This section gives definitions on the specifications of plants that we sell. We are specialists in field grown (or bare root) plants which are grown in two ways. The majority are grown from seed, some are ready within one growing season (seedlings or 1+0's) and some species require two growing seasons (1u1's). In addition to growing from seed we also grow from small plants or cuttings (transplants) which are much more widely spaced (taking more land, more irrigation water, fertilisers and labour). There are only a handful of bare root wholesale nurseries in the UK and of those even fewer grow transplants but Ray Jenkins has many years' experience of transplanting so we grow these in large volumes. Ray has written this blog about the benefits of bare root plants and how they are grown and another blog which gives further detail on bare root specifications.
The detailed specifications are shown below. If you are in doubt about what specification to use please email us on firstname.lastname@example.org with a description of the project (and photos if appropriate) and we will advise you.
1+0 - field grown in one season from seed, known as a seedling (sometimes called a whip), generally a slender single stem plant. These are the cheapest specification and are particularly suitable for planting where weed competition will be less intense, soil is shallow or on exposed windy sites. Gives a high root to shoot ratio and minimal plant "check".
2+0 - a 2 year seedling, field grown from seed in the same seed bed in two growing seasons where the species cannot be grown to a saleable plant from seed in one season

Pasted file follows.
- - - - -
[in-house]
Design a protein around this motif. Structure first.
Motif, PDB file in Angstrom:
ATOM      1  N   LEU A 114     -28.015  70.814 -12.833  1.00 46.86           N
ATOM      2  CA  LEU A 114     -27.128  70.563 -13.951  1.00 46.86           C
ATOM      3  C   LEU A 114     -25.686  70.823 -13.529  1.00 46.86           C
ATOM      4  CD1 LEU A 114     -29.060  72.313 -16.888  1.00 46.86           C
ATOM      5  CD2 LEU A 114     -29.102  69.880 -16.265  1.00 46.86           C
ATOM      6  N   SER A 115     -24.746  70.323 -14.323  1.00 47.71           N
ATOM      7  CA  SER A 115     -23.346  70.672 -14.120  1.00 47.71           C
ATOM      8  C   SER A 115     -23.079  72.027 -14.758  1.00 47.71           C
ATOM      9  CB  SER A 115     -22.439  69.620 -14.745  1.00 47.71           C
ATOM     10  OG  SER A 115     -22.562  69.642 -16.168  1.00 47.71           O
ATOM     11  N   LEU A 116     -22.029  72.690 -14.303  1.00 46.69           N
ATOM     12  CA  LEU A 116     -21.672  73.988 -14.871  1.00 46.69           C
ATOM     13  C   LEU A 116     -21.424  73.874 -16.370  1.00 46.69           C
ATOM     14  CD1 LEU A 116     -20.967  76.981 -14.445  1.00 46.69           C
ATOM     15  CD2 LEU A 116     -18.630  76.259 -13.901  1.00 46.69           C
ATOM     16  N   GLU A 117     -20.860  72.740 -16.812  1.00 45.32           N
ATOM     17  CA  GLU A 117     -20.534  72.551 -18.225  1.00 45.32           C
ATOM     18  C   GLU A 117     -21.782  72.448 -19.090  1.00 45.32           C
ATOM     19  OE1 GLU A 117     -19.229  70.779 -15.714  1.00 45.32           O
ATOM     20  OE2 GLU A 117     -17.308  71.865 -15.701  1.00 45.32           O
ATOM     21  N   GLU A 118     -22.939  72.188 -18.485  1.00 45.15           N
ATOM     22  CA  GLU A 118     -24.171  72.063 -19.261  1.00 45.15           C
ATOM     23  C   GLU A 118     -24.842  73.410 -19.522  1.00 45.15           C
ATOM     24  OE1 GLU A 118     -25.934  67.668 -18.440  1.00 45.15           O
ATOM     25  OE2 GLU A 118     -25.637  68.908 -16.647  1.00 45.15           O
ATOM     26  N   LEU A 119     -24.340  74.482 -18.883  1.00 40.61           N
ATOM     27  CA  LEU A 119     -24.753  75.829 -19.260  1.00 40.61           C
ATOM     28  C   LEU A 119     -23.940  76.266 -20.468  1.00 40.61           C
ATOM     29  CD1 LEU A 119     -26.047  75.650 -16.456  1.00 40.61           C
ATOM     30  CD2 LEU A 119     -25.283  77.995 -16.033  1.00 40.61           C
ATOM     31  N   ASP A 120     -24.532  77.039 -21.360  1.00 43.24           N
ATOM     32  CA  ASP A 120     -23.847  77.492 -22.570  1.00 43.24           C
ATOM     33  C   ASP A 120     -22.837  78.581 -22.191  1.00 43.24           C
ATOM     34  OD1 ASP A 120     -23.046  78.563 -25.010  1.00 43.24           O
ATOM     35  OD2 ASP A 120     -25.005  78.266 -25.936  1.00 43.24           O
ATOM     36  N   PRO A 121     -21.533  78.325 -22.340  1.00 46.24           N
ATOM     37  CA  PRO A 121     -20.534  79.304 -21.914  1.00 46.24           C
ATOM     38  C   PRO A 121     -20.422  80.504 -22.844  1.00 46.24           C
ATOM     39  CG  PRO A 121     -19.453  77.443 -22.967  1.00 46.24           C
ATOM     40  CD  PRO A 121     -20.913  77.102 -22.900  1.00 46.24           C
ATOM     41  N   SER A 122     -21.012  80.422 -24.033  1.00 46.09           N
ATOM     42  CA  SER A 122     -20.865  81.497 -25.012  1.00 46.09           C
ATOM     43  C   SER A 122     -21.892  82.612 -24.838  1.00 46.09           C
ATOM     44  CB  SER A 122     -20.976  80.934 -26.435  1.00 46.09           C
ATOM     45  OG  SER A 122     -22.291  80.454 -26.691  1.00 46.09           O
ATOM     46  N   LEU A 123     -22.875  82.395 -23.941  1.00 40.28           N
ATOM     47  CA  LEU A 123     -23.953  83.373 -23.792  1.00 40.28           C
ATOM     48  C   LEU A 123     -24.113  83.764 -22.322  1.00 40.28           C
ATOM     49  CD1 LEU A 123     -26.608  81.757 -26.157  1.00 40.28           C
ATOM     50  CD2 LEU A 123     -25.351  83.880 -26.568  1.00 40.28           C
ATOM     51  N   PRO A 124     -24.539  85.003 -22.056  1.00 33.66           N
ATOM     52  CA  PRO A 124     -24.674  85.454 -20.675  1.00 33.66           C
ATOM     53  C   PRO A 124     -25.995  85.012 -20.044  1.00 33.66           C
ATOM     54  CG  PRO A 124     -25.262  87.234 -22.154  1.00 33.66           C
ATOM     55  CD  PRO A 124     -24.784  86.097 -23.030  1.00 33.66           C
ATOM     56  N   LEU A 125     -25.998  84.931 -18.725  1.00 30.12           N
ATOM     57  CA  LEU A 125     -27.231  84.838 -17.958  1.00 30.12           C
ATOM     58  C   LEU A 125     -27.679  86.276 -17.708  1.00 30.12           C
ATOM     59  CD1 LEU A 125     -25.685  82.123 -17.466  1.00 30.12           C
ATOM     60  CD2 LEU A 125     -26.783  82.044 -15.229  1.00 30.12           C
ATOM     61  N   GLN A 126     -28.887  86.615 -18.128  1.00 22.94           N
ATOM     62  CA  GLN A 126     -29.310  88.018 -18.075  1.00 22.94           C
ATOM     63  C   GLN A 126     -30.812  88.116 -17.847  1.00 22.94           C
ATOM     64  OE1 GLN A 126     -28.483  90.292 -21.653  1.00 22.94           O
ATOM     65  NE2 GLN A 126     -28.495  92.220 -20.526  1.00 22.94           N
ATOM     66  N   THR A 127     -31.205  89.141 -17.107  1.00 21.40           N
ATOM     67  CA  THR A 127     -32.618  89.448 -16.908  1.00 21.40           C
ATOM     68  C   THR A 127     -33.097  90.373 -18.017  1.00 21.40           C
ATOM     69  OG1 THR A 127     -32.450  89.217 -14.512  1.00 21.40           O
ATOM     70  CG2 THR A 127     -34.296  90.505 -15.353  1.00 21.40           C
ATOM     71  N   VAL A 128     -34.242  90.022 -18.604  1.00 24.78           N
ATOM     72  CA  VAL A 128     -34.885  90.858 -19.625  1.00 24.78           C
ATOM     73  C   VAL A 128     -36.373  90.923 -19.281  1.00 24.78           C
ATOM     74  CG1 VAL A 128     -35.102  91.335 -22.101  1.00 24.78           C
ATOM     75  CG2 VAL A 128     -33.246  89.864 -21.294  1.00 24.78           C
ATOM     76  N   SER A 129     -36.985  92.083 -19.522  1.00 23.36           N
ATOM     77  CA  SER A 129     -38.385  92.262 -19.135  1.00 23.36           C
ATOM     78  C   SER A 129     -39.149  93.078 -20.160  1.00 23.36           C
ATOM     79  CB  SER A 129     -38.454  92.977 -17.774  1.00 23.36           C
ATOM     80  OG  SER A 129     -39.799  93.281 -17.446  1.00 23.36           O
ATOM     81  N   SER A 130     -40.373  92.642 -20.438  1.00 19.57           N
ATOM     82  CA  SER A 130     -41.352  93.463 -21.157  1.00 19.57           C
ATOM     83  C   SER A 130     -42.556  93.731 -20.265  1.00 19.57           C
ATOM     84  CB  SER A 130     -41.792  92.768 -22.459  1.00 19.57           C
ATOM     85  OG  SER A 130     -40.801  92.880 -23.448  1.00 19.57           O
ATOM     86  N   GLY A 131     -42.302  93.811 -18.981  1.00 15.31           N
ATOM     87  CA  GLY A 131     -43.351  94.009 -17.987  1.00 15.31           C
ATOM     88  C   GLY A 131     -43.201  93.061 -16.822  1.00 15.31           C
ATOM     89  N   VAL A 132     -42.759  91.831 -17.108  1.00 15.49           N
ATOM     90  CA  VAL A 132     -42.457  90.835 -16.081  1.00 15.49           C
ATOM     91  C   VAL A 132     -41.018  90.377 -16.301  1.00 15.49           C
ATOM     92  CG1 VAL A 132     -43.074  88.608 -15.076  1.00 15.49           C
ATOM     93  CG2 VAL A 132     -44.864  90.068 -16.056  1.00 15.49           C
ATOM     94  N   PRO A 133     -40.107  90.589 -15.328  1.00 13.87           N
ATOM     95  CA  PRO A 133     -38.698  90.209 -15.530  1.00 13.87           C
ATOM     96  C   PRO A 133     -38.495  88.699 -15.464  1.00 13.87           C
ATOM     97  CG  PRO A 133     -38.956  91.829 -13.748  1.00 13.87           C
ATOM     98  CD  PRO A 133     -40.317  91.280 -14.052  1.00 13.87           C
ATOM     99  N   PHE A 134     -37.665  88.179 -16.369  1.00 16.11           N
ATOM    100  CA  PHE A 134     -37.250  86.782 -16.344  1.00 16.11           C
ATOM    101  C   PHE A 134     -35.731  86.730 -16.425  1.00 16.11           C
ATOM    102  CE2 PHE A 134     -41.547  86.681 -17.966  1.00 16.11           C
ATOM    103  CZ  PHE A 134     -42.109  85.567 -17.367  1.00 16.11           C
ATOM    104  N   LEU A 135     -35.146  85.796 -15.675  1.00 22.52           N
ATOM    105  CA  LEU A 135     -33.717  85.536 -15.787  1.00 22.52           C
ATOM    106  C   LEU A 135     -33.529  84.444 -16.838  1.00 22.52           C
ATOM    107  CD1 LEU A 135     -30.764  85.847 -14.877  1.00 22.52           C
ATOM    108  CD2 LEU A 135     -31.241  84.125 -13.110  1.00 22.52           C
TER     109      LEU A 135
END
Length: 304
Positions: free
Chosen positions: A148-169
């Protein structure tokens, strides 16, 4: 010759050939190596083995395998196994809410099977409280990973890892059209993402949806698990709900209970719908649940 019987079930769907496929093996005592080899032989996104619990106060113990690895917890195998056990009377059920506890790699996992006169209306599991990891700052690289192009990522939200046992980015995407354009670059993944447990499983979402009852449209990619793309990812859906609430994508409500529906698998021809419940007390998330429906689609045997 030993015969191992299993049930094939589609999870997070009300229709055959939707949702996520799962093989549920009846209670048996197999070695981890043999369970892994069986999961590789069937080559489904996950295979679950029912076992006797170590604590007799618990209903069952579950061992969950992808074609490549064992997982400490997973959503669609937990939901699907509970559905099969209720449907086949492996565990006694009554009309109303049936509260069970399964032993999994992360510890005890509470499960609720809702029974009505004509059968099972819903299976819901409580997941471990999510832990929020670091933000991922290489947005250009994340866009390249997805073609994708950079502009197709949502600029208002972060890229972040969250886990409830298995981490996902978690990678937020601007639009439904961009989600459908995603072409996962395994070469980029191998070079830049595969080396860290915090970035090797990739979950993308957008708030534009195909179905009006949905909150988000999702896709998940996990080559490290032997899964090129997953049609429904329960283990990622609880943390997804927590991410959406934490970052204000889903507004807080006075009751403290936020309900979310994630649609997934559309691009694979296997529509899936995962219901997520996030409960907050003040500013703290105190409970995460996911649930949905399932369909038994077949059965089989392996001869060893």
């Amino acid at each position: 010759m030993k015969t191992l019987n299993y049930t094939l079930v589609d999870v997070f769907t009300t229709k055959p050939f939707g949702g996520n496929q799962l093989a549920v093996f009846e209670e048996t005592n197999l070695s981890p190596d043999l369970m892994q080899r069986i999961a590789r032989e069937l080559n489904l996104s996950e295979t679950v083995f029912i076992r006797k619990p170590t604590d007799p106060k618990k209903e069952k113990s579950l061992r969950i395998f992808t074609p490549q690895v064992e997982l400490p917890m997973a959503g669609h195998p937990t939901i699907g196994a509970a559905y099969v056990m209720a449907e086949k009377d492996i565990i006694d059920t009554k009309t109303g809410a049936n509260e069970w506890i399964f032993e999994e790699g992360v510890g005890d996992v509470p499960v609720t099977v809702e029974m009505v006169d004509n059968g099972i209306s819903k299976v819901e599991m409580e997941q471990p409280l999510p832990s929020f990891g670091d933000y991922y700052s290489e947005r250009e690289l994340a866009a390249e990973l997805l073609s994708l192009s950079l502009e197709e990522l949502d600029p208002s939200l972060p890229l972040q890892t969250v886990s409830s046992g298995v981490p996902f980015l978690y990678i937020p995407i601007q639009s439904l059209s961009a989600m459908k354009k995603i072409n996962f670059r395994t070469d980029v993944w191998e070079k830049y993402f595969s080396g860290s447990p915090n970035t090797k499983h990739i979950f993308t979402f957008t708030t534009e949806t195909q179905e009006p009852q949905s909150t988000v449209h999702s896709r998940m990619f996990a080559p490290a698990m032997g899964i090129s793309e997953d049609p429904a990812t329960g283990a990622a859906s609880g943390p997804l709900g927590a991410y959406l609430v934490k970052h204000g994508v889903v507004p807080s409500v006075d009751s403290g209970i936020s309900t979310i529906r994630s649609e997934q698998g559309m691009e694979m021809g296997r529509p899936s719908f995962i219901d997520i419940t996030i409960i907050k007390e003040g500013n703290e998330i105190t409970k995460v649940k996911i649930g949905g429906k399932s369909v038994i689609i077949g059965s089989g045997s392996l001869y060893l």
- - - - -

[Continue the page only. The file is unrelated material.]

1U1 - 2 year old plant called an undercut, field grown for two seasons in the same seed bed and undercut by machine (a sharp blade cutting the roots under the soil level) after the first year to develop the root structure. We do this with several species which take 2 years to develop (eg oak, beech, hornbeam)
1+1 - 2 year old plant (transplant) grown from seed in the first year and then transplanted into a different area of the field and spaced out for the second growing season - a robust plant with a larger and more robust root system than seedling or undercut plant which will enable it to better withstand drought and weed competition. Often the best choice and the staple norm for farm hedging and this specification is a requirement of the Countryside Stewardship Grant
1+2- a 3 year old plant, two years field growing in the seedbed and then transplanted (and spaced out) for a further two growing seasons giving a tall, stocky, bushy plant
2+1- a 3 year old plant, two years field growing in the seedbed and then transplanted (and spaced out) for a further growing season, giving a strong bushy plant
3+1 - as above but field grown for a further growing season for more height and a very bushy plant
1+3- 4 year old, one year field growing in the seed beds and then transplanted (and spaced out) for three years, giving a very strong, bushy plant
2+2- 4 year old, two years field growing in the seed beds and then transplanted (and spaced out) for a further two years - a very mature plant suited to certain species like beech and hornbeam where we can offer almost instant hedging
and some that are a bit different.....
P9 - a plant grown in a greenhouse or polytunnel in a 9cm pot (for holly which germinates poorly in the field)
Cell grown - a plant grown in small deep cells (like a small yogurt pot) and then lifted out of those for transportation. Commonly used in forestry and large hedging projects. Very high quality plants with excellent success rate. See our blog on the benefits of cell grown plants.
C+1 or C+2 - a 3 or 4 year old plant initally started as hardwood cuttings grown on for a year as cell grown plants and then lined out in fields to grow on for a further 1 or 2 years (a technique used for Cherry Laurel)